It is easy to get caught up with lesson planning, starting class on time, preparing for meetings, preparing for upcoming performances, and trying to schedule personal time. It is important to remember your students are people, so it is ok to take a little time and talk to them. A simple hello might reveal information about the student that you were unaware of. It is essential to remember students deal with a lot of problems on a daily basis which can cause them to act out and not pay attention. If you know the student is having a bad day or is having issues at home, then you will understand why the student is not acting like themselves that day. This might also help you get help for the student from someone who works at the school dealing with emotional concerns. Engaging your students is very important and it will show them that you care about them and not just performing or winning competitions.
Being a band director means being busy all the time. This means that there is no time to make up plans while on the go. Plan out the week and keep notes for future things to do. Also, keep notes of things that worked, as well as things that did not go well. Keeping notes will allow the you to make proper adjustments in the future. Planning ahead can also reduce stress and it shows that you are once again responsible and very prepared. Students can tell when their band director is not prepared, and that can lead to students losing interest. Keeping students interested is very important, and if you are prepared it is much easier to do.
Have an Open Mind
No matter how many plans a band director makes, something will come up that will require you to have an open mind to make changes. For example, take suggestions from your students on music selections. If your band sees that you are giving them a chance to make a decision they will be more open to the performance. Often everything you have planned will work, but be prepared and open to make adjustments when needed. Having an open mind to make changes will reduce stress and give you peace of mind even though you may have had to make changes that may not have been planned.
Set Expectations Early
Letting your band know what you expect from the beginning is important. Once you have outlined your expectations, it is very important that you stay true to your expectations with every student and not bend. Staying true to your expectations can be tricky. As problems and issues develop, especially with the top students in the class, it is important to not bend, as bending on your expectations can make other students believe you are showing favoritism. Showing favoritism is a very bad thing and it is one of the fastest ways for a band director to lose respect. Staying firm in your expectations will gain more respect and show that you are a person of you word.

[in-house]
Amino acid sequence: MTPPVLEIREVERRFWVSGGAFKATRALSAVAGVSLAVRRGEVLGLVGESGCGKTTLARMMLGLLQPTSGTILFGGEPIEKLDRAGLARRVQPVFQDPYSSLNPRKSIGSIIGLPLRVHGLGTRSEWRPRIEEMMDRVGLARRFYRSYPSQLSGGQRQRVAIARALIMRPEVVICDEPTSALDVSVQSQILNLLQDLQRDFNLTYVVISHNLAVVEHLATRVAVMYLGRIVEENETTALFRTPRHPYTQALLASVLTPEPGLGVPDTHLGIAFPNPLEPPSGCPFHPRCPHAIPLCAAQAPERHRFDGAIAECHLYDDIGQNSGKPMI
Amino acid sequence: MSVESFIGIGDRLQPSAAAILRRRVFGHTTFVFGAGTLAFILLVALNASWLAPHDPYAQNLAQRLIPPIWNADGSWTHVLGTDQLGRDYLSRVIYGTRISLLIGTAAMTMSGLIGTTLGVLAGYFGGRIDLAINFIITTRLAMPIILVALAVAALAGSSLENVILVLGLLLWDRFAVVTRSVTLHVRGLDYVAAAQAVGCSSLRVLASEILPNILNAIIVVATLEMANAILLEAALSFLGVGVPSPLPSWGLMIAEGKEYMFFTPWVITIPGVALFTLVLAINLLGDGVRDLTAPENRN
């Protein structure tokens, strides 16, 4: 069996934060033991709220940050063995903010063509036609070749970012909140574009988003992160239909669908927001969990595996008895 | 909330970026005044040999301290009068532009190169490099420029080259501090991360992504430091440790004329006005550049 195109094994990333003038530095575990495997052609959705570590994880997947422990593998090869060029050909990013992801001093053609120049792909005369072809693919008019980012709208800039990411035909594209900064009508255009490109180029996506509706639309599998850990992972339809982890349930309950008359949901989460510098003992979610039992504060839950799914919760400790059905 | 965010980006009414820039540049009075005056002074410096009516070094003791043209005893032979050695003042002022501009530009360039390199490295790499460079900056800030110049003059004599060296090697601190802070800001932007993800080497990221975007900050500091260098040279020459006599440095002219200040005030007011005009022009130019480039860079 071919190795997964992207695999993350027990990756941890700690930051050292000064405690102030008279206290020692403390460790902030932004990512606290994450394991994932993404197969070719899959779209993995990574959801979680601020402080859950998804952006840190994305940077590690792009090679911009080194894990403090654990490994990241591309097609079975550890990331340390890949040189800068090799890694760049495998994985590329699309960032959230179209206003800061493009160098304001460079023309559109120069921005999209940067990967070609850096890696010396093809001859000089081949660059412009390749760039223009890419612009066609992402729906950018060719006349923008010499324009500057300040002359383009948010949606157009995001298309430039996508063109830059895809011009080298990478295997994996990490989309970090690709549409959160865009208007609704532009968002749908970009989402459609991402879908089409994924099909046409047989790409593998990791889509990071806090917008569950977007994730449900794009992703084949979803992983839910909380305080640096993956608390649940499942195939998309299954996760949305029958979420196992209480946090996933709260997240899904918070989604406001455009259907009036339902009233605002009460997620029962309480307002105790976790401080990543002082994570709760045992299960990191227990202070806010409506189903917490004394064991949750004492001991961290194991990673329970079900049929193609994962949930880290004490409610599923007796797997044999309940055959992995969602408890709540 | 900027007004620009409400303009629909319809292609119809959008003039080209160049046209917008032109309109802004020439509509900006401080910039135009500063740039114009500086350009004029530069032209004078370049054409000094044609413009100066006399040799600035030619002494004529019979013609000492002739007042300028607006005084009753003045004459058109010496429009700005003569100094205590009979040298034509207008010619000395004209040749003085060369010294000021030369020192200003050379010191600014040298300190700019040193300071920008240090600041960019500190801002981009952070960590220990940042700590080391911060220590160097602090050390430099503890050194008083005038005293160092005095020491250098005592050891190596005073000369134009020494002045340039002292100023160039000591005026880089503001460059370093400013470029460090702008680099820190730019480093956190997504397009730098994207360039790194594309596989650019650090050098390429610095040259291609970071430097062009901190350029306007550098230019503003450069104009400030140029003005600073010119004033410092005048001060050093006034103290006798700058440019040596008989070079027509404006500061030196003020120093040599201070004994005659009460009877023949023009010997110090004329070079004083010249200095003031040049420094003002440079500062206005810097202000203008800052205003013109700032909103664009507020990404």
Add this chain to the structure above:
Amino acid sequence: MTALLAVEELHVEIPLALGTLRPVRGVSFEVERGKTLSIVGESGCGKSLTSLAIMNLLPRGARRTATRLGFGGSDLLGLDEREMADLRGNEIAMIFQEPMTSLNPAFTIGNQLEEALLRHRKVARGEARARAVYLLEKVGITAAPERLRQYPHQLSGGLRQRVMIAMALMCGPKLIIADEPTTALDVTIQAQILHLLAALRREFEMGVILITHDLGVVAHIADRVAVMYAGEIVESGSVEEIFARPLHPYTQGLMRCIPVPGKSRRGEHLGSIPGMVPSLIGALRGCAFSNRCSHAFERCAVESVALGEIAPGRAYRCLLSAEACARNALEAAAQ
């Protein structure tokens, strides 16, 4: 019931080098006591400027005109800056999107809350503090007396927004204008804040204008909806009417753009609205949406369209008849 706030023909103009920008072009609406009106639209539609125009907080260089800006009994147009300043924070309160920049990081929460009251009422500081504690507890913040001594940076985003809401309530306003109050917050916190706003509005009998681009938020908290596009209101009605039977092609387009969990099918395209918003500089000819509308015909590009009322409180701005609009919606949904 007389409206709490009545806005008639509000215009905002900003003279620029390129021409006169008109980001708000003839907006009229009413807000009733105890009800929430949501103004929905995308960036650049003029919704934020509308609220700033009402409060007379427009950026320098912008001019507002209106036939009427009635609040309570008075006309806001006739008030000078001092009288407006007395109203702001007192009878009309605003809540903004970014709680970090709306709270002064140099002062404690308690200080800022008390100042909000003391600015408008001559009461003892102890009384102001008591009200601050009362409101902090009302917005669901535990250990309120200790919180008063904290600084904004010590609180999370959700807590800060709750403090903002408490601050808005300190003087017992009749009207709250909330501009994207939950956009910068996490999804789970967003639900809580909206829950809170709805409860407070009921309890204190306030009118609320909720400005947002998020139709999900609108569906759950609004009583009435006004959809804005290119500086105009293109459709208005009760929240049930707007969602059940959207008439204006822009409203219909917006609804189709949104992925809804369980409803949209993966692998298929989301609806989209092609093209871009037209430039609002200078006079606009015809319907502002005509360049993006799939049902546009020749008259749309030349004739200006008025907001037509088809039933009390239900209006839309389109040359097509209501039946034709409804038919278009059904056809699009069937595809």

Networking is very important in education, especially for a young teacher who is looking to advance in their career. Networking is all about making connections and building relationships that can be beneficial to both parties. Get to know other band directors who are in your area. Making yourself known will open up doors for more opportunities in your field and can further your career. Many people recommend people for jobs that they like, so it is important to make yourself known to as many people as possible to keep your foot in the door when trying to advance. Education changes just like technology, and as an educator it is important to make sure you are keeping up to date with all the newest changes. Having the right network of people to assist you will ensure you are always kept in the loop.
Being a band director takes a lot of time and energy. Being an educator is something that many people believe they can do, but they just don’t understand how hard it really is. These nine items listed are not the only way to help ensure that your first year as a director will be successful, but remembering these items makes a good starting point. It takes years to be a great educator, but it is possible by working hard. Mistakes will be made, but the best band directors learn from their mistakes and figure out how to prevent themselves from making those mistakes again.
Patrick Moore is an active percussion performer, educator, arranger, adjudicator, and clinician. He is a versatile percussionist with experience in many areas of percussion. Patrick is an education endorser of Vic Firth Sticks and Mallets, and Majestic percussion. Professor Moore is a published author having works published with Alfred Publishing Company and Kendor Music. He has presented clinics at numerous music education conferences in the United States as well in Guatemala. Currently, Moore is the Director of Bands at South Carolina State University in Orangeburg, South Carolina. He received his Bachelor of Music from the University of Arkansas, Masters from Texas Tech and is also pursuing his Ed.D from Abilene Christian University